The Blessings of Taking Care of Our Elderly

The most rewarding and precious work I’ve ever done was taking care of my mom. I was sad when last year this time, I no longer had that work. She went to rest in God’s hands, to enjoy all that heaven has to offer, and I’ve thanked her daily for the blessings she brought to our home since she moved in with us.

My mother spent the last five years of her life living in my home. She had dementia and was bound to a wheelchair and taking care of her was challenging, but it was also a huge blessing. The memories and teachings she left behind helped me understand why Chaldean family and friends always said to me in our native Aramaic tongue, “Ittagh edjal” which translates to something close to “You have points in heaven.”

I brought my mom into our home for numerous reason, the major one being that I wanted her to be surrounded by the thing that was most dear to her – her family. I wanted her to leave this earth feeling loved and wanted. I also wanted my children to get to better know their grandmother and for them to learn compassion – not through books and other intellectual ways that have no real substance, but through experience. 

Mom with angels

That’s why after I learned about Manish Patel’s book, I invited him on my show. He wrote Second Childhood, which talks about the importance of taking care of the elderly, especially our parents. Manish was driving from his home to his office on one of the most beautiful sunny days. At the time, he was so busy with his work and family life that he didn’t make time to write, even though his mind was full of thoughts about Second Childhood. Instead of trying to find time to write, he decided to record his thoughts while driving.

While driving that day, Manish discovered the true meaning of the word “Parent.” He heard a whisper from, and was thankful to, God to learn that the word symbolized our duty to “pay rent.” He writes in his book, “We never forget to pay rent for our house, office or other services, so how can we forget to pay the most important rent to our parents? Like other collection agencies, God is the highest special collection agency. Rent can be paid in the form of respect and love.”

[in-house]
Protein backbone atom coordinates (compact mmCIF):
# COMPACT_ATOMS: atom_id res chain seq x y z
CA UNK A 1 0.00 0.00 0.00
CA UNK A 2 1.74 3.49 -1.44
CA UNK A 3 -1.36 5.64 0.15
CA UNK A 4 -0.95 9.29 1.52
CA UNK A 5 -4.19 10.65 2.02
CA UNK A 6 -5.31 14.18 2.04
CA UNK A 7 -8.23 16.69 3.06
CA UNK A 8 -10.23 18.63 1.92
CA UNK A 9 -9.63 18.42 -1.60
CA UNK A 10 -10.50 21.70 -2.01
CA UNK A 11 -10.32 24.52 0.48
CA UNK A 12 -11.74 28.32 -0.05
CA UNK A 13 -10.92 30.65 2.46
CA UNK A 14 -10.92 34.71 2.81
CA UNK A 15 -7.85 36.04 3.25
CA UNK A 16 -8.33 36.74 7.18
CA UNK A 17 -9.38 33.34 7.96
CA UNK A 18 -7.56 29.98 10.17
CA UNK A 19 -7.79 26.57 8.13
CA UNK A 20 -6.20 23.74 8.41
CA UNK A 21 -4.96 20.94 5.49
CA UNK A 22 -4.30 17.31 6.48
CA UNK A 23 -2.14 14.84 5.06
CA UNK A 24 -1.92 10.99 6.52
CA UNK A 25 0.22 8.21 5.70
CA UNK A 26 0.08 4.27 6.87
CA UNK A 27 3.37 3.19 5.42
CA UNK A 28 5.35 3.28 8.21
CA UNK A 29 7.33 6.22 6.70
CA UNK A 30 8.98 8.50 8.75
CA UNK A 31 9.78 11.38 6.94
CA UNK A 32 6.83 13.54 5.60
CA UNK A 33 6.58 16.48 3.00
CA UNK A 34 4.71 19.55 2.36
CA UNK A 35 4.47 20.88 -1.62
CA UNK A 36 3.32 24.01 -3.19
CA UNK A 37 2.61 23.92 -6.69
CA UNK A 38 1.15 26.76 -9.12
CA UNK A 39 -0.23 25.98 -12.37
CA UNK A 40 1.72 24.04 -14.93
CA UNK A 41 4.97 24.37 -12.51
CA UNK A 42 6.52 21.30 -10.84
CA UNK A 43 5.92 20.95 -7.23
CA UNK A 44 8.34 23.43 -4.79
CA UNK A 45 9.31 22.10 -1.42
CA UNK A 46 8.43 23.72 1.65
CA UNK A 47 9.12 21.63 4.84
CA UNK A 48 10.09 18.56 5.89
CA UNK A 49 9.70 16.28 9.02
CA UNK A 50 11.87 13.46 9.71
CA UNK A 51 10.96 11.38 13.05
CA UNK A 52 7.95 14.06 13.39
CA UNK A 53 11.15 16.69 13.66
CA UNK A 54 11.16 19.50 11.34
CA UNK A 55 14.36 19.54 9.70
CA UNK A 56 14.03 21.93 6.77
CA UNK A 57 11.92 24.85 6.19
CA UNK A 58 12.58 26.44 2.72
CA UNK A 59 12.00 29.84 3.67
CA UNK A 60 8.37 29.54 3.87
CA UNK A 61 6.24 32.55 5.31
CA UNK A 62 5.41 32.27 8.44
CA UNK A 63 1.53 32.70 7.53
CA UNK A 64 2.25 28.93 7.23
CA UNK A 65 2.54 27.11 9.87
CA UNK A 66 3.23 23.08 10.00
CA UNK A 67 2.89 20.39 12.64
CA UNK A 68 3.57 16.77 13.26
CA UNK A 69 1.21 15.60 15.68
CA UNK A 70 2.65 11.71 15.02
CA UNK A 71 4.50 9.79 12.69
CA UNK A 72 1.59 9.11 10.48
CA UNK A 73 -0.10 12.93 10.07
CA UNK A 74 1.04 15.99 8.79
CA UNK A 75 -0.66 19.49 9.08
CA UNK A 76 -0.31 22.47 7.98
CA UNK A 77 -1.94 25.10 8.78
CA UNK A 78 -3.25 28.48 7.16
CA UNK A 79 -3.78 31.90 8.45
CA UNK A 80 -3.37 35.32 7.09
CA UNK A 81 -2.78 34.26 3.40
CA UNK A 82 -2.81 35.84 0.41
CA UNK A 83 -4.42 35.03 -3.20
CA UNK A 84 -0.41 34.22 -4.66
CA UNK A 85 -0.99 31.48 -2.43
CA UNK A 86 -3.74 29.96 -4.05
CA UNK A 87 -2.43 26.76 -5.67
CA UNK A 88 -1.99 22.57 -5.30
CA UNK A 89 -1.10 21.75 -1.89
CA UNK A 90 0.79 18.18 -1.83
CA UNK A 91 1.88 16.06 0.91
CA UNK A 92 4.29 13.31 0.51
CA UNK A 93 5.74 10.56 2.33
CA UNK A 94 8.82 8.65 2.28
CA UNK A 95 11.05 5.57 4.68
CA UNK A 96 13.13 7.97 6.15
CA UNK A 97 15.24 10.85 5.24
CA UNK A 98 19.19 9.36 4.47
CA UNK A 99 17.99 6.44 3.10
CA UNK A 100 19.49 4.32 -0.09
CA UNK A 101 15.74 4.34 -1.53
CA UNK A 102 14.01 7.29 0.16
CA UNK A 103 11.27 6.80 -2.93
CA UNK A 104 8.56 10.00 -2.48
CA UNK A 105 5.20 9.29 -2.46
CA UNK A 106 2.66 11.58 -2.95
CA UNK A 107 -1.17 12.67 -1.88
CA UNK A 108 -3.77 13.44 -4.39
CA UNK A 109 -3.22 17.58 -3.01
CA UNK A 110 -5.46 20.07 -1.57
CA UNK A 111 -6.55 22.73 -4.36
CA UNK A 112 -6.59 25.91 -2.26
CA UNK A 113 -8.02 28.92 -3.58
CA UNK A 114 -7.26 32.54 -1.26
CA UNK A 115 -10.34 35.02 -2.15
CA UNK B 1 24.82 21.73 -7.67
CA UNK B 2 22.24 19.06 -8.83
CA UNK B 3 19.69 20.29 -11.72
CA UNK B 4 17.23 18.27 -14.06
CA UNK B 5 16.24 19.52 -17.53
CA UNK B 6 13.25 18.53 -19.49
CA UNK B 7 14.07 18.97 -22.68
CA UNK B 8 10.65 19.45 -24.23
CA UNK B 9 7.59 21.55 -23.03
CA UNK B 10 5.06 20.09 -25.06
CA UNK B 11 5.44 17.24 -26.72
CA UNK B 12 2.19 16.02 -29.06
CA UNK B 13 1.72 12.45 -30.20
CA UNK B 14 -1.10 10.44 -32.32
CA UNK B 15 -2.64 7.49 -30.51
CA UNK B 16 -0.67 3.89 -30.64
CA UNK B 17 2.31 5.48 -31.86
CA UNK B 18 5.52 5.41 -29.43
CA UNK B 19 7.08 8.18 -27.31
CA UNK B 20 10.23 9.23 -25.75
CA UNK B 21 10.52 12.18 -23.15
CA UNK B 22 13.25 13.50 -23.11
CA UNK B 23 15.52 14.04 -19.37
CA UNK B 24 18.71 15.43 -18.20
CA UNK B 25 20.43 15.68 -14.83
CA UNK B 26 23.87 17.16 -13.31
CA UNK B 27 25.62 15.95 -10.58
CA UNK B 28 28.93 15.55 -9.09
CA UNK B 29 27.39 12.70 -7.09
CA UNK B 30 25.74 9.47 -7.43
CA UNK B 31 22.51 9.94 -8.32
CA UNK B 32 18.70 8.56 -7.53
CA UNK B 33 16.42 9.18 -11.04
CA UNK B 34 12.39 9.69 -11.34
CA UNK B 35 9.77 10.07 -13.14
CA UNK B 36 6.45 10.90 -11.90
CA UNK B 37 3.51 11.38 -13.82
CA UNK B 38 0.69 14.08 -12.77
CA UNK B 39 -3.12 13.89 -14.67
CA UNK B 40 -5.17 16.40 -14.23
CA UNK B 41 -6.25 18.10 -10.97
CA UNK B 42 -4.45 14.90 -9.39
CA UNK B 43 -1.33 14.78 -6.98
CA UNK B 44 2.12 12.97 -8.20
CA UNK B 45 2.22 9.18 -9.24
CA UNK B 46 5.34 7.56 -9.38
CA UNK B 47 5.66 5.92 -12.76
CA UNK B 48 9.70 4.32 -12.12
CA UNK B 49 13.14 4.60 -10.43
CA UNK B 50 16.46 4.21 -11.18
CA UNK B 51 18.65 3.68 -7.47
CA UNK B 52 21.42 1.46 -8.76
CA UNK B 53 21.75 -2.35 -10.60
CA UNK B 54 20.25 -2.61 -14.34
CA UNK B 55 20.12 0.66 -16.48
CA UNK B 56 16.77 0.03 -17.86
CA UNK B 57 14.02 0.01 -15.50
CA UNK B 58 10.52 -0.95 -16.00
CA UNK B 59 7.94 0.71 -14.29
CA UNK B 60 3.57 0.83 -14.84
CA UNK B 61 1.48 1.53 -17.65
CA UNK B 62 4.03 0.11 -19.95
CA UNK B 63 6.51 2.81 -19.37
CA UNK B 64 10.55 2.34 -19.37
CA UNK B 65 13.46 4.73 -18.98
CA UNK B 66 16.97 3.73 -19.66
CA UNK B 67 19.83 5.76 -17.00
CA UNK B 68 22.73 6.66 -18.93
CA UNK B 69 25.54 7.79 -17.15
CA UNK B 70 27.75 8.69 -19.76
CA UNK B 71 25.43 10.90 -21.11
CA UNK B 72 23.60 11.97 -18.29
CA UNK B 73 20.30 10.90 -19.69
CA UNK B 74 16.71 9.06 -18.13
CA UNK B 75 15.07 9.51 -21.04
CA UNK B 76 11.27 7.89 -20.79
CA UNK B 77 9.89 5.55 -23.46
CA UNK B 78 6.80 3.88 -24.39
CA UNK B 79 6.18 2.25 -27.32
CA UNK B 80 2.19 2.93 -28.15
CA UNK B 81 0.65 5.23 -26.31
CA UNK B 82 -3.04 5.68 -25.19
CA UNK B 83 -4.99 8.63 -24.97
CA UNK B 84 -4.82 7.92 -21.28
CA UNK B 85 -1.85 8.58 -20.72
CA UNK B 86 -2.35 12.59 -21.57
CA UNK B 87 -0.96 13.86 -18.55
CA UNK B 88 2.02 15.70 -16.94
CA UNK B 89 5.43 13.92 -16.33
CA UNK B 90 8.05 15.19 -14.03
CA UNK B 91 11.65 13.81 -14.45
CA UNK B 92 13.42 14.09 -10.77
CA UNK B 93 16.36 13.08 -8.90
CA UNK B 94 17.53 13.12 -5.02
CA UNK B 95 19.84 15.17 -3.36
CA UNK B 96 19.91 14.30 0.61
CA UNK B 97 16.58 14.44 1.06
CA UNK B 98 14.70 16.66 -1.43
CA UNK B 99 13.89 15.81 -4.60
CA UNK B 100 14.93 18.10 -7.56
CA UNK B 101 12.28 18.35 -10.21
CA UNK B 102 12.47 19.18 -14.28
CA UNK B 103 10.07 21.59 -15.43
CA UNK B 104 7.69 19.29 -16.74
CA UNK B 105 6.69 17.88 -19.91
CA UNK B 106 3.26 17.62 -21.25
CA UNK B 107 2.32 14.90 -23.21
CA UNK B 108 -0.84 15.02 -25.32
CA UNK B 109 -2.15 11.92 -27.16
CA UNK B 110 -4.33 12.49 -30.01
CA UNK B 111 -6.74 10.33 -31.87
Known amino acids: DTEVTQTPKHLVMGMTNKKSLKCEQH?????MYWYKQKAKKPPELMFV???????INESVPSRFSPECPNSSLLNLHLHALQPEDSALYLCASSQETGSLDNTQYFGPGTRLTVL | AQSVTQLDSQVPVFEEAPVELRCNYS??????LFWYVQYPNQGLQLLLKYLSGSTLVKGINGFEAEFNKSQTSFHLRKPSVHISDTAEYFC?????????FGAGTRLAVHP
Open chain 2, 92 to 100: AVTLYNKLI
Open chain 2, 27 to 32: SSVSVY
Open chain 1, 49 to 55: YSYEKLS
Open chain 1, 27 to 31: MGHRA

Chapter after chapter, Manish shows the importance of us looking at what really matters and not getting lost in our busy daily lives. He reminds us that if we fall short of interaction within a circle, we no longer are part of a circle. At some point, without attention, our circles and cycles are broken and compromised. He warns, “Let’s not reach a point where we have to say, If only I gave a little more effort, if only I tried harder, things would have been better. If only I paid more attention when I needed to…”

Taking my mother into our home was one of the best decisions I made. She and I learned so much from each other those last five years. We served one another, each in our own special ways. My conscious is at rest. I am at peace as I continue my relationship with her in Spirit and as I enjoy those “points in heaven” here on earth. 

Love Is Where You Find It

By Guest Blogger Patty Shaw

About 17 years ago my Mother had a stroke that left her paralyzed from the waist down. She had succumb to an autoimmune illness that attacked her spine and broke her nervous system and nearly broke her spirit.  It was hard enough to see my mother tubed up and wired up, but what added to my fear, all of our fear, was that this illness that broke my mother was a like a phantom.  There was no definitive diagnosis, which meant, no specific treatment and outcome.  The doctors did their best to not sound mystified.  It was the nurses who kept us informed and hopeful, and I guess that is really their job.  Doctors seem to choose to stay detached, possibly out of self-preservation.  I can’t imagine being personally engaged with that many suffering people and not fall apart.